I suppose Buffalo Bill (William F. Cody) is the person who ties everyone in the title together, so I listed him first. I believe all of these people qualify for an entry in the Steampunk Real Life Role Models thread, or at least in the Western Steampunk group, but are also important enough as historical figures, on their own, to make me consider putting one, or more, of them in a blog post. Well, Annie Oakley, and/or Buffalo Bill, that is. I don't feel qualified to make a detailed entry about Sitting Bull (except as related to the first two individuals), and, aside from their connections with Annie Oakley, or Buffalo Bill's Wild West, there isn't a whole lot of information I can find about Frank Butler, and Lillian Smith. (I included et al since there are a few others who could fill out a comprehensive history of the rest of these folks in the context of Buffalo Bill's Wild West.)
I've read two biographies of Annie Oakley, one of William F. Cody, and a book describing his, and other Wild West "shows". (Cody himself never used the word 'show' in any of his presentations.) I've also seen several video documentaries, and read lots of online material about all this. This leaves me in a position, I believe, to distill it all down, and try to remove some of the prevailing misconceptions, as well as clear up some of the conflicting tales, that surround these people. (Of course, readers can always choose to believe what they like.)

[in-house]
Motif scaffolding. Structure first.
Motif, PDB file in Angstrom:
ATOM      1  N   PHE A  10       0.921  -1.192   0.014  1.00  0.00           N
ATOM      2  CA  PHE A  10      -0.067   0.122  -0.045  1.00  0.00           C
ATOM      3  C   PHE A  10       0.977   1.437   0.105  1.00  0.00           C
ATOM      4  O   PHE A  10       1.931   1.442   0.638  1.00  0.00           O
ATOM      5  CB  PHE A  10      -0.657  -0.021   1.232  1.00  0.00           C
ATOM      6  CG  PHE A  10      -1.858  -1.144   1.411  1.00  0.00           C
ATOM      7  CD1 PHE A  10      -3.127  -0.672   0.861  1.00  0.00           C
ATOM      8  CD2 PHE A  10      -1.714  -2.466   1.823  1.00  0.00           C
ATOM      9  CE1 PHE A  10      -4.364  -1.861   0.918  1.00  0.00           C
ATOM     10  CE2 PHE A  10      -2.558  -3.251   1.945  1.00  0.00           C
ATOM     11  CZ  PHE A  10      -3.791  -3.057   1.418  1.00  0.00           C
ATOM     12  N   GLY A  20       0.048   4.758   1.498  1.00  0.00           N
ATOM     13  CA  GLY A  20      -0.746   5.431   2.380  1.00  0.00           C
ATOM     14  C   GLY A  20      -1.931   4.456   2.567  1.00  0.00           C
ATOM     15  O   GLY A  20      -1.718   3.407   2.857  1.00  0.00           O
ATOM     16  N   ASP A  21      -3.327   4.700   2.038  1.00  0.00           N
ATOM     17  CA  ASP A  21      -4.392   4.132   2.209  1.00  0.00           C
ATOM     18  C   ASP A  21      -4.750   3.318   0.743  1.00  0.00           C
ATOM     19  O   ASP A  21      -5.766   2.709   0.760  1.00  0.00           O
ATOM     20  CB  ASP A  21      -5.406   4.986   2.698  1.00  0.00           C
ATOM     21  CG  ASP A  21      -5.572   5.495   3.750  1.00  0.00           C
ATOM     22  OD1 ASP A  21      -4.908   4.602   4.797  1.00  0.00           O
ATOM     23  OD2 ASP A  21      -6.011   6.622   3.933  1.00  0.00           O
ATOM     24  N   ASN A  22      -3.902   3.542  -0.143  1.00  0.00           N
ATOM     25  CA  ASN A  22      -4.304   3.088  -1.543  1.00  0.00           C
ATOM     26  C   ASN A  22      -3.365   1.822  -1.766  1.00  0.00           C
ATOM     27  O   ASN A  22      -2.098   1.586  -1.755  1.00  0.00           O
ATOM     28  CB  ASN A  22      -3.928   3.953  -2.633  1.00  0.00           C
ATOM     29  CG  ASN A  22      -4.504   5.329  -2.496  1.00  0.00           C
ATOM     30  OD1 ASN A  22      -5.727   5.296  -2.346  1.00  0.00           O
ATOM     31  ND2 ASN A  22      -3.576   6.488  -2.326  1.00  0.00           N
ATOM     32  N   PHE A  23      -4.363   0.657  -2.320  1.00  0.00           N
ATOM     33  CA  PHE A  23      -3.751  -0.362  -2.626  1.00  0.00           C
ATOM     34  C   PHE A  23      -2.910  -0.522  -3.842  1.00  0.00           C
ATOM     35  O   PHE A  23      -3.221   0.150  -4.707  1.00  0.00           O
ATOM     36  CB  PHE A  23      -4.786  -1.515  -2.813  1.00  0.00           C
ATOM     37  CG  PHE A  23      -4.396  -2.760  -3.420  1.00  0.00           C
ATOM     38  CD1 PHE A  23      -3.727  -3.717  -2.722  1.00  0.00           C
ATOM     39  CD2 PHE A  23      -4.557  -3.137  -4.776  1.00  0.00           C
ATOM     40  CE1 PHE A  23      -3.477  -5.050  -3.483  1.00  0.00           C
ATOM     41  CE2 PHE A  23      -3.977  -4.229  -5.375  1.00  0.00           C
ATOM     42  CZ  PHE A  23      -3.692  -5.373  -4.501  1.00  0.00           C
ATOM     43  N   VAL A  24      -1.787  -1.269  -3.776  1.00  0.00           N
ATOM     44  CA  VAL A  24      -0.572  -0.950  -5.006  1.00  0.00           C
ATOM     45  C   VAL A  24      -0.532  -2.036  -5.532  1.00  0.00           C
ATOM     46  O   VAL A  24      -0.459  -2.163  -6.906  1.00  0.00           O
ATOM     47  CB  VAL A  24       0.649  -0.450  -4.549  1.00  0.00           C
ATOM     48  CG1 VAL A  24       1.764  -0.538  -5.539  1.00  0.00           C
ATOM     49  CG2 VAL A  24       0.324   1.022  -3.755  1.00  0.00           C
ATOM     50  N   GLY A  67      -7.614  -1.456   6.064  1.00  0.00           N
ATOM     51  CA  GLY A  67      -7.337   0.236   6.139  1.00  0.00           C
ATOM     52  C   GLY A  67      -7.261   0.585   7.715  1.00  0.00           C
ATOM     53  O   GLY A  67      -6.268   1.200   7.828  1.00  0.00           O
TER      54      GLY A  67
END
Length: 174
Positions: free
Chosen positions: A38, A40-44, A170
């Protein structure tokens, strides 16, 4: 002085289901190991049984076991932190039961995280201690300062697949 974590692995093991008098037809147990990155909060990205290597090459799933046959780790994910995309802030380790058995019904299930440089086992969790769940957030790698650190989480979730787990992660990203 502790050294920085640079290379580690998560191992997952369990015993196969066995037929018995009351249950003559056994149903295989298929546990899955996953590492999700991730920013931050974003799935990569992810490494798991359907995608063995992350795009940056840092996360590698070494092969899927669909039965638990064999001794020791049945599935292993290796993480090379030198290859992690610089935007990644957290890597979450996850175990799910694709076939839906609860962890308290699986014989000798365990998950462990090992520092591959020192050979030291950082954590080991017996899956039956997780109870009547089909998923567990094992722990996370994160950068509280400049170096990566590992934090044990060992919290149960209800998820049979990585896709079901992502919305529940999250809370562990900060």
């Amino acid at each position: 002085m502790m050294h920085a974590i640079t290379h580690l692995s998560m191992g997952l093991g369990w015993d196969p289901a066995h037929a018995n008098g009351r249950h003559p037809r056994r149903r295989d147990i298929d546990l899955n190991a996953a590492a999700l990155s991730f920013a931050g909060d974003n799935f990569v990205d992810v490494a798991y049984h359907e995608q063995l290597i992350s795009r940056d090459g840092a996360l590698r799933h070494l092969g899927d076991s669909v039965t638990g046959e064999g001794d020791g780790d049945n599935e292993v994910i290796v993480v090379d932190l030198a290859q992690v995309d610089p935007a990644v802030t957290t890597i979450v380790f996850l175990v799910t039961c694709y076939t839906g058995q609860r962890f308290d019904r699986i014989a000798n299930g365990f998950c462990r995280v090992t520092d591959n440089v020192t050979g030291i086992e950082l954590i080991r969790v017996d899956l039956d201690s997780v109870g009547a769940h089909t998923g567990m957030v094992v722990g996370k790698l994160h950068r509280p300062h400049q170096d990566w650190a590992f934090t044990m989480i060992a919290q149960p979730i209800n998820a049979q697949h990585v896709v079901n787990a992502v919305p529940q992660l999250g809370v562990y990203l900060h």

So anyways, I'm leaning toward starting with Annie Oakley, but that still leaves me with the question of which area to post it in. Any preferences? For that matter, is anyone at all even reading this? And if so, perhaps someone else might want to tackle one of the other individuals, especially Sitting Bull?
Or, if you just want to enter any comments of your own about any of these people, please do so. I'm always interested to hear what others have discovered.
A bit of information about Lillian Smith, and some good images of her can be found here.
Reading this also brings up another sharpshooter, William Frank "Doc" Carver, who, like John Henry "Doc" Holliday, was trained, and sometimes practiced, as a dentist. Doc Carver was also known as "The Evil Spirit of the Plains", a name purportedly given to him by Spotted Tail, after Carver shot and killed a white buffalo.
Then there's John Baker "Texas Jack" Omohundro, who performed on stage with Buffalo Bill (and James Butler "Wild Bill" Hickok), even before "The Wild West" was created. Not to mention Texas Jack's wife, Giuseppina Morlacchi, often billed as "The Peerless Morlacchi", who was known for introducing the can-can dance to the United States. (Texas Jack died at age 33 from pneumonia, and his wife retired from the stage soon after, and died of cancer six years later, in 1886.) There's a website devoted to Texas Jack here.
The 1870s were already filled with theatrical representations of the Wild West.